tstex

        This message has been edited. Last edited by: tstex,
         
        Posts: 371 | Registered: Jun 23, 2010Reply With QuoteReport This Post
        Picture of Jaybee
        posted Hide Post
        From your first post, it sounded like one of the issues is that the walls are covered with wallpaper? If so, then that makes the problem one where you can only work with the size and shape of the base of the towel bar.

        Yes, butterfly bolts and toggle bolts are exactly the same thing. I will say again that unless the drywall has been really weakened, the toggle bolt should hold the load of a towel bar. Not as strong as if it were backed by wood, but if you are working through a small hole to instal a wood backer, then the wood is dependent on the drywall for support anyway.

        If that's what you are trying to do then the best you can get is to cut a piece of wood (1/2" to 3/4" plywood works well) that is small enough to fit through the hole yet large enough to span the sides of the hole. You can coat one side of this wood piece with construction adhesive and hold it in place until it cures. To hold it, you can add a second piece of wood on the face of the drywall and put one screw through both and through the hole. Once cured, you can fill the larger hole to get things up to the plane of the wall. This plug can be drywall or wood - doesn't matter as the strength will be in the first backer wood piece.

        If it wasn't for the wallpaper, the strongest option would be to cut out a large enough section of drywall so that you expose the studs in the towel bar area and either add 2x4 blocking and/or a 1/2" plywood skin in place of the drywall. But again, it appears that the wallpaper prevents that.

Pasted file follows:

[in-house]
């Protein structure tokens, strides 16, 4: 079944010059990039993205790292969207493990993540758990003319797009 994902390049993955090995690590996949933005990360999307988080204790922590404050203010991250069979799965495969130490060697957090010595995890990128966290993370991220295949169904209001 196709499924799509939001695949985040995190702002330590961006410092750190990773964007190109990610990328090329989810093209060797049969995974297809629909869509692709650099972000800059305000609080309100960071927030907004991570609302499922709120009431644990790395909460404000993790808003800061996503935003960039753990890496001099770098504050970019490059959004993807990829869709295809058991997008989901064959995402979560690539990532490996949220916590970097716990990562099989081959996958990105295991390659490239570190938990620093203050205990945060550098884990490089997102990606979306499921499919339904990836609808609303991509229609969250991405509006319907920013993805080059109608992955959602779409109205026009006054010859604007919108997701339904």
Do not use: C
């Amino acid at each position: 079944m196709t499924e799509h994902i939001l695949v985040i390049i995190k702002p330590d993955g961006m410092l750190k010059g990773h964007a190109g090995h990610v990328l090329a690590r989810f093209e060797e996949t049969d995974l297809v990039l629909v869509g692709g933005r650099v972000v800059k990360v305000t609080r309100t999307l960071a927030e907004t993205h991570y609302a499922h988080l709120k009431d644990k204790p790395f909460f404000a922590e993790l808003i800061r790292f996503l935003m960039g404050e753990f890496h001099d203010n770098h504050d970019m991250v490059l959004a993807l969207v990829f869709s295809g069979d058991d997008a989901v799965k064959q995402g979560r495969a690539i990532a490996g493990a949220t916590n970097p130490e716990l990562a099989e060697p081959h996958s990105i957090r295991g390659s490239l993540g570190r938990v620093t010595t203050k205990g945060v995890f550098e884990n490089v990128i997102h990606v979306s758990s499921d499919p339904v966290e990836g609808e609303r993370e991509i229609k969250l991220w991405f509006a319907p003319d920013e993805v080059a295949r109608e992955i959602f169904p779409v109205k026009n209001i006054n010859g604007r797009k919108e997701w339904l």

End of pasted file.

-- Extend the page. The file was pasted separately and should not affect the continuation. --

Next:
Jaybee
         
        Posts: 10483 | Location: Knoxville, Tennessee | Registered: Sep 27, 2003Reply With QuoteReport This Post
        posted Hide Post
        Thanks Jbee,

        Yes, the wallpaper complicates or limits the options to nothing bigger than the base of the t-rack.

        And yes, just like a mare, "it would be good to have a strong 'stud' close by". LOL

        tstex
         
        Posts: 371 | Registered: Jun 23, 2010Reply With QuoteReport This Post
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        what's on the other side of the wall where the towel bar is ? If it's a closet or some other closed area, you could remove a section of the dry wall in that area, and back up the damaged area with a piece of wood
         
        Posts: 2589 | Location: florida | Registered: Sep 27, 2003Reply With QuoteReport This Post
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        Thanks for the follow-up and good "out of the box" thinking. It is the bathroom toilet w wall paper too. Damn wallpaper is getting in the way. Frown

        Regards,
        tstex
         
        Posts: 371 | Registered: Jun 23, 2010Reply With QuoteReport This Post